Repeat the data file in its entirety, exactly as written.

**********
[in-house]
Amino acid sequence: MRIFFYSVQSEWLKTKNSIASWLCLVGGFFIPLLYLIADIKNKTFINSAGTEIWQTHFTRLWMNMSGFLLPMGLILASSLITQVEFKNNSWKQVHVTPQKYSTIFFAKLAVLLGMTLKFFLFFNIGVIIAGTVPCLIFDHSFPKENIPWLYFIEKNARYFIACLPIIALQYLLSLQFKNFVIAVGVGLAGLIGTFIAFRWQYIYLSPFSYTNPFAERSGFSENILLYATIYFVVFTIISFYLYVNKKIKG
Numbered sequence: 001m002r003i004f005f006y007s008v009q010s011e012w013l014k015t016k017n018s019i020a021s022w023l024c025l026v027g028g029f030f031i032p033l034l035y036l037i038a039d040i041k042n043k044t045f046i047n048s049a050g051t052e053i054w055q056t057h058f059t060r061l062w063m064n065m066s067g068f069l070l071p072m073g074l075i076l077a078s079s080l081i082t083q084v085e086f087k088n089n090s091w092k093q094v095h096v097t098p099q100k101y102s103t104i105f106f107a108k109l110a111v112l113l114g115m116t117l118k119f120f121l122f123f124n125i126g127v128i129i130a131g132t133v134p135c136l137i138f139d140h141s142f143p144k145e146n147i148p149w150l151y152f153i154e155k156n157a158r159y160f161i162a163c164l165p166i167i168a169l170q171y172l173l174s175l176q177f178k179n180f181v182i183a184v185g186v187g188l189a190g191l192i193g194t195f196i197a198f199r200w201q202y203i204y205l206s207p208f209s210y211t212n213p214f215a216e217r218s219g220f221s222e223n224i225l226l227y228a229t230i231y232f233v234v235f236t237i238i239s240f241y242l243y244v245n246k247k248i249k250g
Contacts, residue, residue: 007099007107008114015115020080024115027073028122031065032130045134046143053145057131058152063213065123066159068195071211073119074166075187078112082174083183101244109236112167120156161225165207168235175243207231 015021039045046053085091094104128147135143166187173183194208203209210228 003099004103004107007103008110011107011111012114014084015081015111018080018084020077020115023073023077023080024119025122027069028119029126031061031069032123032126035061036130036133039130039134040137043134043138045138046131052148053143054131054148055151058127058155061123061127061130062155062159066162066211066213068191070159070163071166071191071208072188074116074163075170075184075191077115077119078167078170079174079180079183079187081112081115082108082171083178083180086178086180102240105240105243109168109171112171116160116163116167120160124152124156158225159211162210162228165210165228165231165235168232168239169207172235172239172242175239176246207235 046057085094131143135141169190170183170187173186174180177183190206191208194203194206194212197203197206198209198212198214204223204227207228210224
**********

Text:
[in-house]
Amino acid sequence: MRIFFYSVQSEWLKTKNSIASWLCLVGGFFIPLLYLIADIKNKTFINSAGTEIWQTHFTRLWMNMSGFLLPMGLILASSLITQVEFKNNSWKQVHVTPQKYSTIFFAKLAVLLGMTLKFFLFFNIGVIIAGTVPCLIFDHSFPKENIPWLYFIEKNARYFIACLPIIALQYLLSLQFKNFVIAVGVGLAGLIGTFIAFRWQYIYLSPFSYTNPFAERSGFSENILLYATIYFVVFTIISFYLYVNKKIKG
Numbered sequence: 001m002r003i004f005f006y007s008v009q010s011e012w013l014k015t016k017n018s019i020a021s022w023l024c025l026v027g028g029f030f031i032p033l034l035y036l037i038a039d040i041k042n043k044t045f046i047n048s049a050g051t052e053i054w055q056t057h058f059t060r061l062w063m064n065m066s067g068f069l070l071p072m073g074l075i076l077a078s079s080l081i082t083q084v085e086f087k088n089n090s091w092k093q094v095h096v097t098p099q100k101y102s103t104i105f106f107a108k109l110a111v112l113l114g115m116t117l118k119f120f121l122f123f124n125i126g127v128i129i130a131g132t133v134p135c136l137i138f139d140h141s142f143p144k145e146n147i148p149w150l151y152f153i154e155k156n157a158r159y160f161i162a163c164l165p166i167i168a169l170q171y172l173l174s175l176q177f178k179n180f181v182i183a184v185g186v187g188l189a190g191l192i193g194t195f196i197a198f199r200w201q202y203i204y205l206s207p208f209s210y211t212n213p214f215a216e217r218s219g220f221s222e223n224i225l226l227y228a229t230i231y232f233v234v235f236t237i238i239s240f241y242l243y244v245n246k247k248i249k250g
Contacts, residue, residue: 007099007107008114015115020080024115027073028122031065032130045134046143053145057131058152063213065123066159068195071211073119074166075187078112082174083183101244109236112167120156161225165207168235175243207231 015021039045046053085091094104128147135143166187173183194208203209210228 003099004103004107007103008110011107011111012114014084015081015111018080018084020077020115023073023077023080024119025122027069028119029126031061031069032123032126035061036130036133039130039134040137043134043138045138046131052148053143054131054148055151058127058155061123061127061130062155062159066162066211066213068191070159070163071166071191071208072188074116074163075170075184075191077115077119078167078170079174079180079183079187081112081115082108082171083178083180086178086180102240105240105243109168109171112171116160116163116167120160124152124156158225159211162210162228165210165228165231165235168232168239169207172235172239172242175239176246207235 046057085094131143135141169190170183170187173186174180177183190206191208194203194206194212197203197206198209198212198214204223204227207228210224